As a mother of two young children, I am often surprised to discover that many of our friends and family who also have young children do not have an estate plan. When I ask them why, the response is often “I don’t have an estate to plan for.” Many families with young children are just starting out and have not yet begun to accumulate wealth. However, estate planning during this stage of life is still very important. One of my biggest treasures in my life are my children, and establishing a plan for them in the event that my husband and I would pass away simultaneously is a big priority.
Additionally, I have found that many young parents fail to consider that if both parents would pass away simultaneously there may be term life insurance policies through employers as well as a 401(k) and other retirement accounts paying to their minor children and they need to plan appropriately for those assets.
Who can nominate a guardian for a minor?
In Pennsylvania, the law establishes a parent’s right to nominate a guardian for a minor in their Last Will and Testament, often referred to as a testamentary guardian of the minor. There are two types of guardians for a minor, the guardian of the person and the guardian of the estate. Only a sole surviving parent can nominate a guardian of the person of a child; however, it is important for both parents to have this nomination in their Wills in the event that it is applicable. While only a parent can nominate the guardian of the person of a child, anyone can nominate a guardian of the estate of a child.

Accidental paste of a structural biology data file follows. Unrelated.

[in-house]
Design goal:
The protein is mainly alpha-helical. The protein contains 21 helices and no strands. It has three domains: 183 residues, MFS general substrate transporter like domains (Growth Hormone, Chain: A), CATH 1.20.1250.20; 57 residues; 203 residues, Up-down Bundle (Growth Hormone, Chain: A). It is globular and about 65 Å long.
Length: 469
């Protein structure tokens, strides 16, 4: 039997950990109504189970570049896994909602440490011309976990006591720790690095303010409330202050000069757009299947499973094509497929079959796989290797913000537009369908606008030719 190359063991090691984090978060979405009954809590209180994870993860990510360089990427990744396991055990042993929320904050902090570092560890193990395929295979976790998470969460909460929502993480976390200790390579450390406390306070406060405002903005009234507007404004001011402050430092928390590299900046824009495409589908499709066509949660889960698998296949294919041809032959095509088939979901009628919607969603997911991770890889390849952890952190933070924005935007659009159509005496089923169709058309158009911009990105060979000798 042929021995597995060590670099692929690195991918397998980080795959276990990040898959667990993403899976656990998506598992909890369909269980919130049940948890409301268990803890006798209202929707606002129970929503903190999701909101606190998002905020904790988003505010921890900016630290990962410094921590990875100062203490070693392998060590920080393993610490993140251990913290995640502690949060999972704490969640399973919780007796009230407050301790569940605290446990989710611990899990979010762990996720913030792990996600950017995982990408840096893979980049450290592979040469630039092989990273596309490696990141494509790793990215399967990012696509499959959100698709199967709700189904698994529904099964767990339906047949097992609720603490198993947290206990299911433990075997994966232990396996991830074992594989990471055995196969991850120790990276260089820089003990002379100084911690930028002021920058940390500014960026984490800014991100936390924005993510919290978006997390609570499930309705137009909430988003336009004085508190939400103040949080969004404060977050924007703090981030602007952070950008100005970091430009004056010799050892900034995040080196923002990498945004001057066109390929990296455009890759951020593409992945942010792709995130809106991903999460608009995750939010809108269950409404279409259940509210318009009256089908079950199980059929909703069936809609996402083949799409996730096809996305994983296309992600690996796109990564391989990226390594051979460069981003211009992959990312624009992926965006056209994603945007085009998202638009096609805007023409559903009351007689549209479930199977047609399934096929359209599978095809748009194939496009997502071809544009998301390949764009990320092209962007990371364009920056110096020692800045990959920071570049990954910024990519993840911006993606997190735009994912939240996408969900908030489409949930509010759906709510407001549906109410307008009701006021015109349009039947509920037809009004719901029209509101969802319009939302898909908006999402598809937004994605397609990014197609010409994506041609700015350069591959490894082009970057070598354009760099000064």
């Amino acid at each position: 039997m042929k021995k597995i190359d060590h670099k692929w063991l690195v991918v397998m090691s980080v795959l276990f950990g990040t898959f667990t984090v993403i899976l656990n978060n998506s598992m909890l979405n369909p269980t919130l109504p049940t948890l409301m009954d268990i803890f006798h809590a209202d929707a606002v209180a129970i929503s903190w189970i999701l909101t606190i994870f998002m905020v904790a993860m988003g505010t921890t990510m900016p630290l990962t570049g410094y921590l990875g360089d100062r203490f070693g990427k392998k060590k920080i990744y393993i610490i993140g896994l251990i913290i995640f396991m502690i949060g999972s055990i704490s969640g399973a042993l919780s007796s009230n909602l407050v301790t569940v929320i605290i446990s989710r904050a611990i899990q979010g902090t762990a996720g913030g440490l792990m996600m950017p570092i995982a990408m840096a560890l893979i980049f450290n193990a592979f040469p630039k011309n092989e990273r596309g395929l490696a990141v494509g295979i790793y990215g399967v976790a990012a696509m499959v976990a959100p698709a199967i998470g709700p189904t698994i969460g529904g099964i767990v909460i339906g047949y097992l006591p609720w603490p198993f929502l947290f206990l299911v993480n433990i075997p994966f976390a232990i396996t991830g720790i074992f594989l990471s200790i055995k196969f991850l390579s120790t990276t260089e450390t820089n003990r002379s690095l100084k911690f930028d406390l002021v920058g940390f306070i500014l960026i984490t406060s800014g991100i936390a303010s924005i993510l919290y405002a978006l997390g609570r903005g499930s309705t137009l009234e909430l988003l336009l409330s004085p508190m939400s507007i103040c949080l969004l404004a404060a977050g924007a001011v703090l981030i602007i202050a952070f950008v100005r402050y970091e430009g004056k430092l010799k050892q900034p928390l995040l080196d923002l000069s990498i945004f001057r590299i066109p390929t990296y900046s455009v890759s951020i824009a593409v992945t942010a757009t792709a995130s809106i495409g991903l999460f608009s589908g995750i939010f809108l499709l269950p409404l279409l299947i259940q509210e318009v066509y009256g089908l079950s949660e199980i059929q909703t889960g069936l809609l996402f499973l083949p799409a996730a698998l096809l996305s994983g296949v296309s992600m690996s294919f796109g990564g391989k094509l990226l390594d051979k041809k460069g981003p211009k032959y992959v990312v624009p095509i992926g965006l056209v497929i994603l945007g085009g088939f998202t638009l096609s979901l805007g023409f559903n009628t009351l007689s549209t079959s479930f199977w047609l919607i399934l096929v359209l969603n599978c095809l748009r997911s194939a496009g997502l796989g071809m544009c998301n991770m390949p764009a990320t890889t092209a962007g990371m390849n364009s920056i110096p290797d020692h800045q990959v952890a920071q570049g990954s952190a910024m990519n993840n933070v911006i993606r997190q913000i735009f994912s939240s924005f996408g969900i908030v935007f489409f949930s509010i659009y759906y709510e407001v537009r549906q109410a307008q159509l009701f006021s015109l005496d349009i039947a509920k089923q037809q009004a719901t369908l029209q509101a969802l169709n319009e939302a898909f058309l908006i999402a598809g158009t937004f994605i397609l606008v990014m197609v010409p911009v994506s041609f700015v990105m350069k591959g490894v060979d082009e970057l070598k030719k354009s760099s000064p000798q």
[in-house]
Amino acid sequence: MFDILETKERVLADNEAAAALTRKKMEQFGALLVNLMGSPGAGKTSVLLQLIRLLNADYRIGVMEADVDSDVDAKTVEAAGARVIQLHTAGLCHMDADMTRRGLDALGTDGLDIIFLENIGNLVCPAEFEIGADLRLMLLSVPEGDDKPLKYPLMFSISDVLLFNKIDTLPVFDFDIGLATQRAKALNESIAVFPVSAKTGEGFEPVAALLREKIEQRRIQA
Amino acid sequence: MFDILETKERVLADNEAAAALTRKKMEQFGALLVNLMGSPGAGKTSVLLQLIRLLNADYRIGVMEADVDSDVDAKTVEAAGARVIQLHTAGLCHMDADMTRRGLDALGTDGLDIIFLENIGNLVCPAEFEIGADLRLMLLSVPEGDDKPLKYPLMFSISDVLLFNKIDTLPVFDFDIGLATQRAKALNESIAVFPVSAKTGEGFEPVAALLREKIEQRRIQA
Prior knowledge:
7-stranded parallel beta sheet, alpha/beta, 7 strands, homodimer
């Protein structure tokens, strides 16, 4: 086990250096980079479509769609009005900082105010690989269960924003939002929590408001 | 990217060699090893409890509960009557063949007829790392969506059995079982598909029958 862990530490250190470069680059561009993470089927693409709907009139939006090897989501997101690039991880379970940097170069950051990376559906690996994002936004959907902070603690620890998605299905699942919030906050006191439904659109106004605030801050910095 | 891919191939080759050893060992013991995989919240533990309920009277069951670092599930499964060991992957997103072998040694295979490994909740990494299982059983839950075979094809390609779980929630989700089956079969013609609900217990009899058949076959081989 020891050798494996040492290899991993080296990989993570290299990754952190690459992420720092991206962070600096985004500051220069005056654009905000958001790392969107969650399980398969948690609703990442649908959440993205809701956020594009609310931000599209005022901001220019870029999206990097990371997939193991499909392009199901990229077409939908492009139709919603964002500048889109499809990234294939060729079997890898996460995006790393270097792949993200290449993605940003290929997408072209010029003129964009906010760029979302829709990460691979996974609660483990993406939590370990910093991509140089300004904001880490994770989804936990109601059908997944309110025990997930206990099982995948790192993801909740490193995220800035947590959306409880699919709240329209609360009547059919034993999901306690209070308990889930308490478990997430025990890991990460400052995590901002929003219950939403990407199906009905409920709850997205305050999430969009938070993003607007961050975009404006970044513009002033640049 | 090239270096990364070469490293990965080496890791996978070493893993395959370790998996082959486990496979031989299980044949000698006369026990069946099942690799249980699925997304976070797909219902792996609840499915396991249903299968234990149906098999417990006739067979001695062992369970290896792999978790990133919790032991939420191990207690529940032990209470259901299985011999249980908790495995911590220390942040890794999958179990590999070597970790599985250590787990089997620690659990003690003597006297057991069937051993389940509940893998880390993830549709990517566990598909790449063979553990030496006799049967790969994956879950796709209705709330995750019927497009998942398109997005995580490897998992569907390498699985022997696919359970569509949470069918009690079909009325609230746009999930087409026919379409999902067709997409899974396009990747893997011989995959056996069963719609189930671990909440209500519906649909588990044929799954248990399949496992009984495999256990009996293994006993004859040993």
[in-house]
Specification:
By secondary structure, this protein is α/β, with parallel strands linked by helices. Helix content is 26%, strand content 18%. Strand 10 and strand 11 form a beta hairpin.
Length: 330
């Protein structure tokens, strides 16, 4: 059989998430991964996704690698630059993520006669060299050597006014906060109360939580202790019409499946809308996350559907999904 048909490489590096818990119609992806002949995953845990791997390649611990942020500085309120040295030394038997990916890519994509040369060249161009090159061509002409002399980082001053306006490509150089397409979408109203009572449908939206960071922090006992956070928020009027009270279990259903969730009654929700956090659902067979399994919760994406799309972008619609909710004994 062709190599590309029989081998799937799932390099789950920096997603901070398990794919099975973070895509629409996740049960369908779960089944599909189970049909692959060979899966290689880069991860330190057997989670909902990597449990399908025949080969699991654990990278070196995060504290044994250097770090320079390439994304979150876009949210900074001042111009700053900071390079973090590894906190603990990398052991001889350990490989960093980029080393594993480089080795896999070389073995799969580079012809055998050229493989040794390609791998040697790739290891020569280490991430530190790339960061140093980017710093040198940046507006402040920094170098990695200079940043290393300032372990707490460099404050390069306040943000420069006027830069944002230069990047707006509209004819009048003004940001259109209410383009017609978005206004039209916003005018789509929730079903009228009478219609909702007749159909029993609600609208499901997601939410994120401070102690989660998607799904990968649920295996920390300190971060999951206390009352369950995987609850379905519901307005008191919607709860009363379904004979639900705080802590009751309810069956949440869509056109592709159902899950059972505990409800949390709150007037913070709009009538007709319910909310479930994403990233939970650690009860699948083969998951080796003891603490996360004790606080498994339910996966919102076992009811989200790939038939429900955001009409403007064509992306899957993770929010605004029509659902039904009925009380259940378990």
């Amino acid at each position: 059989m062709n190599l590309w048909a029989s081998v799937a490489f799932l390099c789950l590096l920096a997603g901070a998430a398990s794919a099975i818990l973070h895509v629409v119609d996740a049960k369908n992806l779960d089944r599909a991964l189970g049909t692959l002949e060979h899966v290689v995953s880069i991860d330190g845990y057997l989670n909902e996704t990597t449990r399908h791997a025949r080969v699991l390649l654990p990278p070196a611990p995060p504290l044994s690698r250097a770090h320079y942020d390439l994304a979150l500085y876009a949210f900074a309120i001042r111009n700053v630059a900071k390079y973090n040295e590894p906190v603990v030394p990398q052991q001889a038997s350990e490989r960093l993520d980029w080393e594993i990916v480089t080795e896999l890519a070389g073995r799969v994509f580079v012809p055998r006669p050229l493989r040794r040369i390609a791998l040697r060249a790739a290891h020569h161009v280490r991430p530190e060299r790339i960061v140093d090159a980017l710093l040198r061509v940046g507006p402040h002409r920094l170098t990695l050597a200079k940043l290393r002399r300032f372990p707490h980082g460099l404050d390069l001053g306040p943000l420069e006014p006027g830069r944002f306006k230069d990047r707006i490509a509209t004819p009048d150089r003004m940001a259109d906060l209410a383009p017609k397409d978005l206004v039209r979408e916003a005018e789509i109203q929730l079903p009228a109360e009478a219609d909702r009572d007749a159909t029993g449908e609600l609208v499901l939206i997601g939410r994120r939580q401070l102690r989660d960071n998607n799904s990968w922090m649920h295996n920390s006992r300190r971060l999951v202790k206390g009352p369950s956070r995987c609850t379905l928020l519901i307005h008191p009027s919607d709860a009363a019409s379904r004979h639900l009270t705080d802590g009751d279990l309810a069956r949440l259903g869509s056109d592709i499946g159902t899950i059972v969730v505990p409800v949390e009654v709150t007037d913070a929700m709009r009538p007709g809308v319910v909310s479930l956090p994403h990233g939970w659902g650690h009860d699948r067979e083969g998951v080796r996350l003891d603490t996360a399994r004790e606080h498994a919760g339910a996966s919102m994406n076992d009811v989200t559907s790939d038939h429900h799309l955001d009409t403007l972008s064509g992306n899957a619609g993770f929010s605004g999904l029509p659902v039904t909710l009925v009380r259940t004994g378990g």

Guardian of the Person for a Minor: Who will care for your children in the event of both parents dying?
The guardian of the person is the individual legally responsible for the welfare and wellbeing of the child upon the death of the child’s natural parents. The guardian of the person for a minor is the individual who will care for the child’s physical needs. This person will be the one to provide a home for the child and to make decisions regarding the child’s education, religion, social needs, etc. A nomination by the parent can be made in the parent’s Last Will and Testament. Upon the death of both parents, the guardian of the person for the minor child must petition the court to confirm the nomination the parent made in his or her Will. As long as a natural parent is living and able to care for the child, no testamentary guardian of the person will be appointed. The testamentary guardian is only applicable where both parents are deceased.
It is important to note that the court is not bound by the appointment of a guardian in the surviving parent’s Will as the court will still determine what is in the best interest of the child. However, where no party of interest contests the appointment of the guardian, the nomination in the parent’s Will simplifies the process and makes the parent’s wishes known to the court.
Choosing a guardian of the person for your minor child is one of the most important decisions you will make. You must carefully choose a person that would be able to care for your child in the event of your death. Along with the nomination of a guardian in your Will, I also recommend writing a letter to the guardian to be kept with your Will that provides instructions on your wishes for the care of your child.